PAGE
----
How to format your references using the Research in Social Stratification and Mobility citation style

This is a short guide how to format citations and the bibliography in a manuscript for Research in Social Stratification and Mobility. For a complete guide how to prepare your manuscript refer to the journal's instructions to authors.

Using reference management software

Typically you don't format your citations and bibliography by hand. The easiest way is to use a reference manager:

PaperpileThe citation style is built in and you can choose it in Settings > Citation Style or Paperpile > Citation Style in Google Docs.
EndNoteDownload the output style file
Mendeley, Zotero, Papers, and othersThe style is either built in or you can download a CSL file that is supported by most references management programs.
BibTeXBibTeX syles are usually part of a LaTeX template. Check the instructions to authors if the publisher offers a LaTeX template for this journal.

Journal articles

Those examples are references to articles in scholarly journals and how they are supposed to appear in your bibliography.

Not all journals organize their published articles in volumes and issues, so these fields are optional. Some electronic journals do not provide a page range, but instead list an article identifier. In a case like this it's safe to use the article identifier instead of the page range.

A journal article with 1 author
Li, Y. (2014). The evolution of reputation-based partner-switching behaviors with a cost. Scientific Reports, 4, 5957.
A journal article with 2 authors
Kosten, S., & Lacerot, G. (2009). Life in science. It takes a village. Science (New York, N.Y.), 324(5932), 1265.
A journal article with 3 authors
Comas, D., Petit, F., & Preat, T. (2004). Drosophila long-term memory formation involves regulation of cathepsin activity. Nature, 430(6998), 460–463.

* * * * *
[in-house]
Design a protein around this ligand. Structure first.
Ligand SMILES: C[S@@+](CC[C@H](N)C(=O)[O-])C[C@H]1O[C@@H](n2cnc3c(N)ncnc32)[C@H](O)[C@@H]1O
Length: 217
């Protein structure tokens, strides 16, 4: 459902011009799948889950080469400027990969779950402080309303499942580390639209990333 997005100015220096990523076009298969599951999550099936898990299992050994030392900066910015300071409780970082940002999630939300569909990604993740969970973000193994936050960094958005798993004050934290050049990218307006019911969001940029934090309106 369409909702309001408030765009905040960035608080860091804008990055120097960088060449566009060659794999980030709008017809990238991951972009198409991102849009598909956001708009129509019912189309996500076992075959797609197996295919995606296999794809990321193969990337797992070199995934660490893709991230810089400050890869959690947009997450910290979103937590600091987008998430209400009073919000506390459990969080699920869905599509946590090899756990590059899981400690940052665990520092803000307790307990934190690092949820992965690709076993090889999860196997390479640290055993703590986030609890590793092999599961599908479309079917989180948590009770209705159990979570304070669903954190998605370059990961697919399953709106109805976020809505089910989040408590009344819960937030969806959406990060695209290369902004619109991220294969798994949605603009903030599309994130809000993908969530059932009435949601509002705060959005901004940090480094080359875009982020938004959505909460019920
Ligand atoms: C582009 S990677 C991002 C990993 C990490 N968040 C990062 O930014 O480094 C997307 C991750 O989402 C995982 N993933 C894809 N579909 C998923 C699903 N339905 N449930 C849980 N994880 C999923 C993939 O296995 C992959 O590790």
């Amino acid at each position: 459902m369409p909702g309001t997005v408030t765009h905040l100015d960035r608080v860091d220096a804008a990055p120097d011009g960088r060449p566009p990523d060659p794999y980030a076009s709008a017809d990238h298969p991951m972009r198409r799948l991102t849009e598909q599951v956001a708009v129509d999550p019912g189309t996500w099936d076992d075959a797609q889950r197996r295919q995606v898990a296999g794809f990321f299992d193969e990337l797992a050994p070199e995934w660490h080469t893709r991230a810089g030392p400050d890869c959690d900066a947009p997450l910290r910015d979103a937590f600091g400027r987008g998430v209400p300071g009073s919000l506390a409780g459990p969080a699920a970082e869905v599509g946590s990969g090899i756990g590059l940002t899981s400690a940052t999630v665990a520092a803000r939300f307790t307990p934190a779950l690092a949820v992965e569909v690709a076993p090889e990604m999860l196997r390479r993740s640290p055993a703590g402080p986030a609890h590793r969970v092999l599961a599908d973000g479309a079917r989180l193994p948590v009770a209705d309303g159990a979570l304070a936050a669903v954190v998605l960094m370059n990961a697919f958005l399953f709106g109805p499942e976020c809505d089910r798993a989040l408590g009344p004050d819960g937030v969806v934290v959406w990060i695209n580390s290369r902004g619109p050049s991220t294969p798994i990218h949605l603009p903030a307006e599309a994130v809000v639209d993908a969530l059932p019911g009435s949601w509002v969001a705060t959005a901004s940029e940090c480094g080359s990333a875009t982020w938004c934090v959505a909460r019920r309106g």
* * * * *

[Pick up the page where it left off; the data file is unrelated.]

A journal article with 8 or more authors
Keppler, F., Hamilton, J. T. G., Brass, M., & Röckmann, T. (2006). Methane emissions from terrestrial plants under aerobic conditions. Nature, 439(7073), 187–191.

Books and book chapters

Here are examples of references for authored and edited books as well as book chapters.

An authored book
Anson, E. M. (2014). Alexander’s Heirs. John Wiley & Sons, Inc.
An edited book
Hüfner, S. (Ed.). (2007). Very High Resolution Photoelectron Spectroscopy (Vol. 715). Springer.
A chapter in an edited book
Lant, C. L., & Lawson, M. J. (2016). Interactive Whiteboard Use and Student Engagement. In J. Orrell & D. D. Curtis (Eds.), Publishing Higher Degree Research: Making the Transition from Student to Researcher (pp. 33–42). SensePublishers.

Web sites

Sometimes references to web sites should appear directly in the text rather than in the bibliography. Refer to the Instructions to authors for Research in Social Stratification and Mobility.

Blog post
Carpineti, A. (2015, November 12). Astronomers Have Discovered The Oldest Stars In Our Galaxy. IFLScience; IFLScience.


This example shows the general structure used for government reports, technical reports, and scientific reports. If you can't locate the report number then it might be better to cite the report as a book. For reports it is usually not individual people that are credited as authors, but a governmental department or agency like "U. S. Food and Drug Administration" or "National Cancer Institute".

Government report
Government Accountability Office. (2015). Federal Aviation Administration: Commercial Space Launch Industry Developments Present Multiple Challenges (GAO-15-706). U.S. Government Printing Office.

Theses and dissertations

Theses including Ph.D. dissertations, Master's theses or Bachelor theses follow the basic format outlined below.

Doctoral dissertation
Wilson, W. C. (2015). Life satisfaction of Air Force civilian male spouses [Doctoral dissertation]. Capella University.

News paper articles

Unlike scholarly journals, news papers do not usually have a volume and issue number. Instead, the full date and page number is required for a correct reference.

New York Times article
Vecsey, G. (2009, December 27). Mileposts, With South Africa Around the Bend. New York Times, SP10.

In-text citations

References should be cited in the text by name and year in parentheses:

This sentence cites one reference (Li, 2014).
This sentence cites two references (Kosten & Lacerot, 2009; Li, 2014).

Here are examples of in-text citations with multiple authors:

  • Two authors: (Kosten & Lacerot, 2009)
  • Three authors: (Comas et al., 2004)
  • 6 or more authors: (Keppler et al., 2006)

About the journal

Full journal titleResearch in Social Stratification and Mobility
AbbreviationRes. Soc. Stratif. Mobil.
ISSN (print)0276-5624
ScopeSocial Sciences (miscellaneous)

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